Coast to Cascades Grizzly Bear Initiative launched
A coalition of conservation groups this week launched an initiative to prevent the disappearance of grizzly bears and rebuild their populations in southwestern B.C...The effort includes support from the B.C. chapter of the Canadian Parks and Wilderness Society (CPAWS), the Sierra Club of B.C., Conservation Northwest, B.C. Nature and other, local conservation groups from Lillooet, Pemberton and Whistler.
A coalition of conservation groups this week launched an initiative to prevent the disappearance of grizzly bears and rebuild their populations in southwestern B.C.
The Coast to Cascades Grizzly Bear Initiative, launched in a statement issued on Tuesday (Sept. 24), aims to boost prospects for the iconic bears' long-term survival in a broad portion of the province from the South Chilcotin to the Washington border at the east end of the Fraser Valley and including the Sea to Sky Corridor.
The initiative's aim is to “to protect and recover threatened grizzly bears and safeguard adequate habitat in southwest B.C. through science-based planning and community involvement,” the statement said.
The effort includes support from the B.C. chapter of the Canadian Parks and Wilderness Society (CPAWS), the Sierra Club of B.C., Conservation Northwest, B.C. Nature and other, local conservation groups from Lillooet, Pemberton and Whistler. Its framers say the recommendations in the 2008 Sea to Sky Land and Resource Management Plan and a resolution recently adopted by the local St'at'imc First Nations, mandating grizzly bear recovery in their traditional territory, serve as a basis for the initiative.
“Through years of research, scientists know what these bears need to survive and thrive, but the province must make grizzly bear recovery planning and implementation a priority,” Johnny Mikes, field coordinator for the initiative, said in a statement.
Grizzly bears are listed as threatened in southwestern B.C. for a variety of reasons: fragmentation of their habitat by increasing levels of human activity, bear mortality resulting from road collisions, poachings and/or accidental shootings, and lack of connectivity between different patches of habitat, preventing the population in one area from moving freely and breeding with those outside their immediate home range.
The bears mostly live in remote valleys with little human activity, Mikes told The Chief. During the early spring, when mother bears are raising their young, it's important that human contact be minimized. That's also true in the fall when the bears are busy fattening up for winter hibernation, he said.
“Grizzly bears generally don't like to be around human-disturbed areas, so we need to ensure that we don't disturb them any more than necessary,” he said.
The building of new roads into prime grizzly bear habitat is one way grizzly bear habitat becomes fragmented. However, that doesn't mean foresters and others can't build new roads — just that it needs to be done outside the critical times. As well, while logging activity can result in fragmentation of habitat patches, responsible forestry practices can minimize the impact of that fragmentation and can, in some cases, increase the amount of forage available to the bears, Mikes said.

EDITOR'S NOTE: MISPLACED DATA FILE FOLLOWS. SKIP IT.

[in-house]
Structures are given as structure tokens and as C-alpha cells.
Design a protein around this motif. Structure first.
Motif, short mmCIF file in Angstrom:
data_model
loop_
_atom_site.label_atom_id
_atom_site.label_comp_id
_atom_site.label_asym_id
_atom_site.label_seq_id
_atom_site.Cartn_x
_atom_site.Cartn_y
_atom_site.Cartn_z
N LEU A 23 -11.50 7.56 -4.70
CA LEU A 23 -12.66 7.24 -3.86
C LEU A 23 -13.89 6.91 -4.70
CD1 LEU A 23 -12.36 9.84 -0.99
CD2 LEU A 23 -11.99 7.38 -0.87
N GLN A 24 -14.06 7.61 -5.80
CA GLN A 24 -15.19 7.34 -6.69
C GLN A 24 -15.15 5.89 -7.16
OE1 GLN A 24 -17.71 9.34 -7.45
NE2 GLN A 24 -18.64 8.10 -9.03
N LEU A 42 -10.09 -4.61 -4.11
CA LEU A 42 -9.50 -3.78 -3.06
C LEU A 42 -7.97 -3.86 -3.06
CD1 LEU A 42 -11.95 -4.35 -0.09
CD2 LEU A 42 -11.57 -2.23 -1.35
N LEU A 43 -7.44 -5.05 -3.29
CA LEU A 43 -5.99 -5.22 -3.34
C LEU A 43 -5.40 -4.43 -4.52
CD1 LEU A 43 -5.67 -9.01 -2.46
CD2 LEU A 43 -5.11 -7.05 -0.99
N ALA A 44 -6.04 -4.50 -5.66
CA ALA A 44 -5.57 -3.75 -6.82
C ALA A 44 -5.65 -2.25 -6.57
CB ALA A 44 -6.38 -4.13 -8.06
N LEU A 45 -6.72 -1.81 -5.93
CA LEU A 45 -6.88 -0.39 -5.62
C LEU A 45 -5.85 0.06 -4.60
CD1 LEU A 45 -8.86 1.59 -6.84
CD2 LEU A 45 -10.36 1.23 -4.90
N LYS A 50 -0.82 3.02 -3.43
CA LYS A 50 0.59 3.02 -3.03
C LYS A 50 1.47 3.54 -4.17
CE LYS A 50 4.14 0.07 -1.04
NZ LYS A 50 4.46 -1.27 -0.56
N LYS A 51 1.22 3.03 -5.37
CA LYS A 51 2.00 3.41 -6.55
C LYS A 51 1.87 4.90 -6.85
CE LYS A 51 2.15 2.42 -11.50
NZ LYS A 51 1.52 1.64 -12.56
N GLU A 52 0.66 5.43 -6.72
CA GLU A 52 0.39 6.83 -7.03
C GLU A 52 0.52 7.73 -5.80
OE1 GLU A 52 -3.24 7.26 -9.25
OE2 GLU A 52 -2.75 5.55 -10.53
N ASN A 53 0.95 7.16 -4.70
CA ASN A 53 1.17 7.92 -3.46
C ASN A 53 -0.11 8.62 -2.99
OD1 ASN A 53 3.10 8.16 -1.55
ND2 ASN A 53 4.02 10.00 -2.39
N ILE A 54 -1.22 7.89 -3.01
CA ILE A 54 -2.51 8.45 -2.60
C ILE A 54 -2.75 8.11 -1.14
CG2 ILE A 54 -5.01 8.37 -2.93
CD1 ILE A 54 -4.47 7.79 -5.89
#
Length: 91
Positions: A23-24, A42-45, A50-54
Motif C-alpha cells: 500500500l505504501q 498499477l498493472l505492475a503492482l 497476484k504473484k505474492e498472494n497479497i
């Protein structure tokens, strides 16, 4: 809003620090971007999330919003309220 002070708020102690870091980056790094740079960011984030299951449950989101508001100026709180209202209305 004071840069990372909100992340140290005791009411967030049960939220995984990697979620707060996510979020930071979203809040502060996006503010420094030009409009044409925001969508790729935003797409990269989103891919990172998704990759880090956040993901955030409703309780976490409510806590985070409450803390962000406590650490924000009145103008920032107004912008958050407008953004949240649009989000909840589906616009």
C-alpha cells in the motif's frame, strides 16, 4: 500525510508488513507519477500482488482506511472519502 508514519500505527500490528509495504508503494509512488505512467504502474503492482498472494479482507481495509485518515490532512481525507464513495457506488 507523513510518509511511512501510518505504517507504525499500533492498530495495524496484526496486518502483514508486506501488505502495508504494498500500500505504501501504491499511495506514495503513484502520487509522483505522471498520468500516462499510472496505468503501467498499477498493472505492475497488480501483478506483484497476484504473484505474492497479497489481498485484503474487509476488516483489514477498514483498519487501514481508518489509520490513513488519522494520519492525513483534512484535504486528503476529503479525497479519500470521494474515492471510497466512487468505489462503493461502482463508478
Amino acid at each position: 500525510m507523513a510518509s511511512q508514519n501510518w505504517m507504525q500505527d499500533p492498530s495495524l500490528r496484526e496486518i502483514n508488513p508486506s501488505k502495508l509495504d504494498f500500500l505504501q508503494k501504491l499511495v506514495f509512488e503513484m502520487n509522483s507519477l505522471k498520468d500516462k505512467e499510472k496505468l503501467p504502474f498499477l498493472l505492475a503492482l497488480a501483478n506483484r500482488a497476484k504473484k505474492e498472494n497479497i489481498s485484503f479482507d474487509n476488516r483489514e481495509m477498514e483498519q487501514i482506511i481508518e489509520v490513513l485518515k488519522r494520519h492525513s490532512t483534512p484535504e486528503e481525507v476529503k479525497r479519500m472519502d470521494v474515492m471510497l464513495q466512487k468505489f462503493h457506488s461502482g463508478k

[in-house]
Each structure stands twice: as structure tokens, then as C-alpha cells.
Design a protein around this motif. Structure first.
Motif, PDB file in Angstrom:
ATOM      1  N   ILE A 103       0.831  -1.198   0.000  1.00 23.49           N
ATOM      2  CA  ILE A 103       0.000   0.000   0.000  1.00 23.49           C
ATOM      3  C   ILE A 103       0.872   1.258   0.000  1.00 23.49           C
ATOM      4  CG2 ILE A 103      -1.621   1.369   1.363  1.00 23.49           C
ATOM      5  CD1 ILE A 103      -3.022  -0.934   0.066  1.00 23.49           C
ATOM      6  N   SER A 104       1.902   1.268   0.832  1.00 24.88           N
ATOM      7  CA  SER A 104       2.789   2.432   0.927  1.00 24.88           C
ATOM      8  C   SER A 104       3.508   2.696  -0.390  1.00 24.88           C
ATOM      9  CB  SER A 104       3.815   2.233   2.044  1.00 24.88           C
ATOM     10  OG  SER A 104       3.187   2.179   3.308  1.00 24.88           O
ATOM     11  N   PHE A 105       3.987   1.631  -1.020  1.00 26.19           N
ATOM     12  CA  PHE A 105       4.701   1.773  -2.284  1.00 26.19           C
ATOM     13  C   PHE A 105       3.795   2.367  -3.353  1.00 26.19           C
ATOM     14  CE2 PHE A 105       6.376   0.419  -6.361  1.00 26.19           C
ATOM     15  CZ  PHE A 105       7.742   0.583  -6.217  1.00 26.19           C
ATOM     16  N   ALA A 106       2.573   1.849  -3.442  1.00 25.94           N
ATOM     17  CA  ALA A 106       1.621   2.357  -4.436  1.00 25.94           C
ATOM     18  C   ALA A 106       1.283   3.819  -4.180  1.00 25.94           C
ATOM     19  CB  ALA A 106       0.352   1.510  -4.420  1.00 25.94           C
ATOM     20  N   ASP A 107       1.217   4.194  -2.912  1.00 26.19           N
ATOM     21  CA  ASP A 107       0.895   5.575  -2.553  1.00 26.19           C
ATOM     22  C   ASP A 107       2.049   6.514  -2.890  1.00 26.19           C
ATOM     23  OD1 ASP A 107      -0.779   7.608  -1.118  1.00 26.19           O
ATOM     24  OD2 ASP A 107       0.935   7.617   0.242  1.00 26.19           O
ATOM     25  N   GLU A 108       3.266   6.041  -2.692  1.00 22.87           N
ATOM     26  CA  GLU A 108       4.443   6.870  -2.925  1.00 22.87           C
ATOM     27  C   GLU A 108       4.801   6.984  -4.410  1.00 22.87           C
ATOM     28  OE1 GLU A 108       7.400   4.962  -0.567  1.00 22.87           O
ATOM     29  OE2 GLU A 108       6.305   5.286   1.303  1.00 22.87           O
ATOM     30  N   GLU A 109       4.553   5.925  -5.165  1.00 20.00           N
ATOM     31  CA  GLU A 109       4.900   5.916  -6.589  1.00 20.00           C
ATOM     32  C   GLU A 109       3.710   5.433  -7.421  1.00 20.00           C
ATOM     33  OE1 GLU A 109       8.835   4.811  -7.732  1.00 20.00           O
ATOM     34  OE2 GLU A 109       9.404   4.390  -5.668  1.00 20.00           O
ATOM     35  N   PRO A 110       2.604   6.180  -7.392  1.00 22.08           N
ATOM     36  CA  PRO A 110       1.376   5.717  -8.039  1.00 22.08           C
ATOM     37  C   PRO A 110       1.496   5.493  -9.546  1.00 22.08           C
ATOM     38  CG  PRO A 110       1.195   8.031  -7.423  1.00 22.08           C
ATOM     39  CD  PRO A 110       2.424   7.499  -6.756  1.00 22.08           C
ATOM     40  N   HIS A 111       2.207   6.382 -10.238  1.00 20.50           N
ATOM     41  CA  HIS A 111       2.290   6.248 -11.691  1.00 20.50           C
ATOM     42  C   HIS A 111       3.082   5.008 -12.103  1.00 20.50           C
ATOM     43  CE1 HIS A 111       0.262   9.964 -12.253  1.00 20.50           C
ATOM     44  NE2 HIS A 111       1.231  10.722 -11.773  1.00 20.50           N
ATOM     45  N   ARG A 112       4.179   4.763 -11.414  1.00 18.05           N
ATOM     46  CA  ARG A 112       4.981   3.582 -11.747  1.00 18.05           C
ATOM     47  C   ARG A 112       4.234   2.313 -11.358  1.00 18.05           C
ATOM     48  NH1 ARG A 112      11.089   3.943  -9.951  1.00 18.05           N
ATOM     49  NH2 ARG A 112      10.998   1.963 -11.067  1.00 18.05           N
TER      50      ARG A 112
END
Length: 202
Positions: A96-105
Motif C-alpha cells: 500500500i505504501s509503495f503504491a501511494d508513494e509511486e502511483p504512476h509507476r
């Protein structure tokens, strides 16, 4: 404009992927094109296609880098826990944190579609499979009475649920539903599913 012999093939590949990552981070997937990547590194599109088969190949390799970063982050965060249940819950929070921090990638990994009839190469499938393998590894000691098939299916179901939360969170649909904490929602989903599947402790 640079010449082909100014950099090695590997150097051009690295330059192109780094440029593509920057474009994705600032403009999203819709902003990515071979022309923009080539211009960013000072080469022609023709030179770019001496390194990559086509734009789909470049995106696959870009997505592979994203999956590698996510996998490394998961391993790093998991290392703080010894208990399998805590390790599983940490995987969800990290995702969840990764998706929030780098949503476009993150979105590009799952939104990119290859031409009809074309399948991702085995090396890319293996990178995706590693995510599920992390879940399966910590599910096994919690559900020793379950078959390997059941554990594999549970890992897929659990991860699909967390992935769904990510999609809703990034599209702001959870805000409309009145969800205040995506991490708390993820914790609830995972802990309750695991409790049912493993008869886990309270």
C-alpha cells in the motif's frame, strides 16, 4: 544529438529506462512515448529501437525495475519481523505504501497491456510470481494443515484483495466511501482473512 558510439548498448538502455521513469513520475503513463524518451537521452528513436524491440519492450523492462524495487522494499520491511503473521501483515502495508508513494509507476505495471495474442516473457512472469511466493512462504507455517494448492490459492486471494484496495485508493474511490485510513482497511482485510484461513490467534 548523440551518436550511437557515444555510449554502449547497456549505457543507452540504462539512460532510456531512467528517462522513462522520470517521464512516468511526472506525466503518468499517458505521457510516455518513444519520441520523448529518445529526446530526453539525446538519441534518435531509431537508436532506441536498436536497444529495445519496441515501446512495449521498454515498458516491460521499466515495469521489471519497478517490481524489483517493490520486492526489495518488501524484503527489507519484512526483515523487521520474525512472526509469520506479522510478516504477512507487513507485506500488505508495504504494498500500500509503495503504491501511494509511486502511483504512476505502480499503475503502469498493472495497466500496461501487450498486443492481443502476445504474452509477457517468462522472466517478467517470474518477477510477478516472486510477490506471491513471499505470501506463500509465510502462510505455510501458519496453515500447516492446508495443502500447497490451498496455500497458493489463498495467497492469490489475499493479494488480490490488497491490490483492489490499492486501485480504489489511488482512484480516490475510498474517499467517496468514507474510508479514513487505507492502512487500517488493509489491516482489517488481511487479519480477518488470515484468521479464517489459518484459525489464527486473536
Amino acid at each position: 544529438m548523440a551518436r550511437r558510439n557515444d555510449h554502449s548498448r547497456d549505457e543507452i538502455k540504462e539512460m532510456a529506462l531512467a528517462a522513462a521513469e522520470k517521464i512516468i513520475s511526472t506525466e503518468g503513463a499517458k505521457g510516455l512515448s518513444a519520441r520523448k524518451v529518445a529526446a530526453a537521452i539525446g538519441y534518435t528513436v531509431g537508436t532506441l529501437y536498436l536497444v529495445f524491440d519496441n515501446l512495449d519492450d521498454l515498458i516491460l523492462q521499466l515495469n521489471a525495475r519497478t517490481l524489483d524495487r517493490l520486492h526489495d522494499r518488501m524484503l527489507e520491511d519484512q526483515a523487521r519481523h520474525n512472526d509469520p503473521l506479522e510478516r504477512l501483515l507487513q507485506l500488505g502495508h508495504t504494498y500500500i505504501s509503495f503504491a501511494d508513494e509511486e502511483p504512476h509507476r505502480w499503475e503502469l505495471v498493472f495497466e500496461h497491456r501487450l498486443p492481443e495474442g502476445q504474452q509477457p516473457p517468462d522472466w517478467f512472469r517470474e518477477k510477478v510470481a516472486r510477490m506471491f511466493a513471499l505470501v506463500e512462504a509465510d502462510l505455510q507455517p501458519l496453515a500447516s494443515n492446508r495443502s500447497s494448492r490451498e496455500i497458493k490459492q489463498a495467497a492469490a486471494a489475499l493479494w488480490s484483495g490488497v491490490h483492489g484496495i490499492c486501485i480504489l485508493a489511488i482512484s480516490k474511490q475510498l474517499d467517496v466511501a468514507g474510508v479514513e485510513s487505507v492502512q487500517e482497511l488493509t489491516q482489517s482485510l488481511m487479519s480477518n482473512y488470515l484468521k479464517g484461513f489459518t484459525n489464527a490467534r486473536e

“Where logging practices can be done to enhance understory berry crops, that needs to be looked at,” he said, adding that leaving tree “screens” between roads and logged areas is another way to ensure that the bears have ample cover.
The area covered by the initiative is broken down into five regions: the South Chilcotin Ranges, the Stein-Nahatlatch, the Squamish-Lillooet, the Garibaldi-Pitt and the North Cascades. Each region requires a different plan based on consultation with communities, stakeholders and First Nations, Mikes said.
Locally, Highway 99 serves as the boundary between the Squamish-Lillooet region north and west of Squamish and the Garibaldi Pitt to the east. Biologists estimate that the Squamish-Lillooet region, which stretches north and west of Pemberton, includes 59 bears that mostly inhabit remote valleys such as the Soo, Callaghan and Elaho.
In some cases, the bears have quite large home ranges, Mikes said. One radio-collared bear was recently tracked as far north as the Ryan River near Pemberton and southward to the Upper Squamish, he said.
It's estimated that the Garibaldi-Pitt area has just three bears, the Stein-Nahatlatch 23 and the North Cascades just six. In each region, Mikes said, it's important that management planning take the numbers into account, he said.
“It could mean augmentation at the eastern end of the region,” he said.
Since 2006, B.C. government statistics show that three breeding-aged females have been killed from a population of just 24 bears in the Stein-Nahatlatch region — an area with no hunting season for grizzlies.
“In such small grizzly populations, every bear is critically important, particularly females,” said Allen McEwan, president of the Pemberton Wildlife Association. “Each dead female means that all her potential offspring are also lost – the very animals that will help these populations recover.”
Said Joan Snyder of B.C. Nature, “Grizzly bears are excellent indicators of a healthy ecosystem, and by ensuring the survival of the grizzly we also look after thousands of other plants and animals that live alongside it.”
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